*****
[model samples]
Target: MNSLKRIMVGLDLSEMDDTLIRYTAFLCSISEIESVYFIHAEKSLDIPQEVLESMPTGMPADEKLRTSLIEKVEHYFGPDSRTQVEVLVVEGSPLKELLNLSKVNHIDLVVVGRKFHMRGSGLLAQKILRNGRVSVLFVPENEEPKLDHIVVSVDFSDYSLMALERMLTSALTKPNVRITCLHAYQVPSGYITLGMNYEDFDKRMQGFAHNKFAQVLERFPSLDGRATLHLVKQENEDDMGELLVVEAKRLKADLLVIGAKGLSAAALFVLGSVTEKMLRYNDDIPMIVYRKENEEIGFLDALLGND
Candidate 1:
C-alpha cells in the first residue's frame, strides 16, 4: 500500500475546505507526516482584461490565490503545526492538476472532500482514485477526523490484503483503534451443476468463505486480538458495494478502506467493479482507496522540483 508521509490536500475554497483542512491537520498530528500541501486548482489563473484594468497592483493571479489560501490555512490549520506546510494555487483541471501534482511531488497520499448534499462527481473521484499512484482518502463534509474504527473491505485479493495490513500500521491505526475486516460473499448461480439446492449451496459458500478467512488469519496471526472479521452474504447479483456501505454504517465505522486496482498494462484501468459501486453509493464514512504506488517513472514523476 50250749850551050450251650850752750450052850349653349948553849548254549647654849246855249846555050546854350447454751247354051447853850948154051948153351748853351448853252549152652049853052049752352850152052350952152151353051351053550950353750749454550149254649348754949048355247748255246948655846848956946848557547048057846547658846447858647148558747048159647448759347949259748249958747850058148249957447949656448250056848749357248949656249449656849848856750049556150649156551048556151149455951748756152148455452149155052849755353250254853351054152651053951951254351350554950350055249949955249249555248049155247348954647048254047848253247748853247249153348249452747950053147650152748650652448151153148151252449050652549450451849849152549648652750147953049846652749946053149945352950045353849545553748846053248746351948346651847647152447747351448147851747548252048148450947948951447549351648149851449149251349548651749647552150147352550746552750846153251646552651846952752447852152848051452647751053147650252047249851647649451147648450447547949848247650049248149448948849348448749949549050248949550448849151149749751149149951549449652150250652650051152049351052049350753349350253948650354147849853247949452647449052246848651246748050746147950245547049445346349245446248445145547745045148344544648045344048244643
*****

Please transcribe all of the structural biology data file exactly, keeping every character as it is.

[model samples]
Target: MNSLKRIMVGLDLSEMDDTLIRYTAFLCSISEIESVYFIHAEKSLDIPQEVLESMPTGMPADEKLRTSLIEKVEHYFGPDSRTQVEVLVVEGSPLKELLNLSKVNHIDLVVVGRKFHMRGSGLLAQKILRNGRVSVLFVPENEEPKLDHIVVSVDFSDYSLMALERMLTSALTKPNVRITCLHAYQVPSGYITLGMNYEDFDKRMQGFAHNKFAQVLERFPSLDGRATLHLVKQENEDDMGELLVVEAKRLKADLLVIGAKGLSAAALFVLGSVTEKMLRYNDDIPMIVYRKENEEIGFLDALLGND
Candidate 1:
C-alpha cells in the first residue's frame, strides 16, 4: 500500500475546505507526516482584461490565490503545526492538476472532500482514485477526523490484503483503534451443476468463505486480538458495494478502506467493479482507496522540483 508521509490536500475554497483542512491537520498530528500541501486548482489563473484594468497592483493571479489560501490555512490549520506546510494555487483541471501534482511531488497520499448534499462527481473521484499512484482518502463534509474504527473491505485479493495490513500500521491505526475486516460473499448461480439446492449451496459458500478467512488469519496471526472479521452474504447479483456501505454504517465505522486496482498494462484501468459501486453509493464514512504506488517513472514523476 50250749850551050450251650850752750450052850349653349948553849548254549647654849246855249846555050546854350447454751247354051447853850948154051948153351748853351448853252549152652049853052049752352850152052350952152151353051351053550950353750749454550149254649348754949048355247748255246948655846848956946848557547048057846547658846447858647148558747048159647448759347949259748249958747850058148249957447949656448250056848749357248949656249449656849848856750049556150649156551048556151149455951748756152148455452149155052849755353250254853351054152651053951951254351350554950350055249949955249249555248049155247348954647048254047848253247748853247249153348249452747950053147650152748650652448151153148151252449050652549450451849849152549648652750147953049846652749946053149945352950045353849545553748846053248746351948346651847647152447747351448147851747548252048148450947948951447549351648149851449149251349548651749647552150147352550746552750846153251646552651846952752447852152848051452647751053147650252047249851647649451147648450447547949848247650049248149448948849348448749949549050248949550448849151149749751149149951549449652150250652650051152049351052049350753349350253948650354147849853247949452647449052246848651246748050746147950245547049445346349245446248445145547745045148344544648045344048244643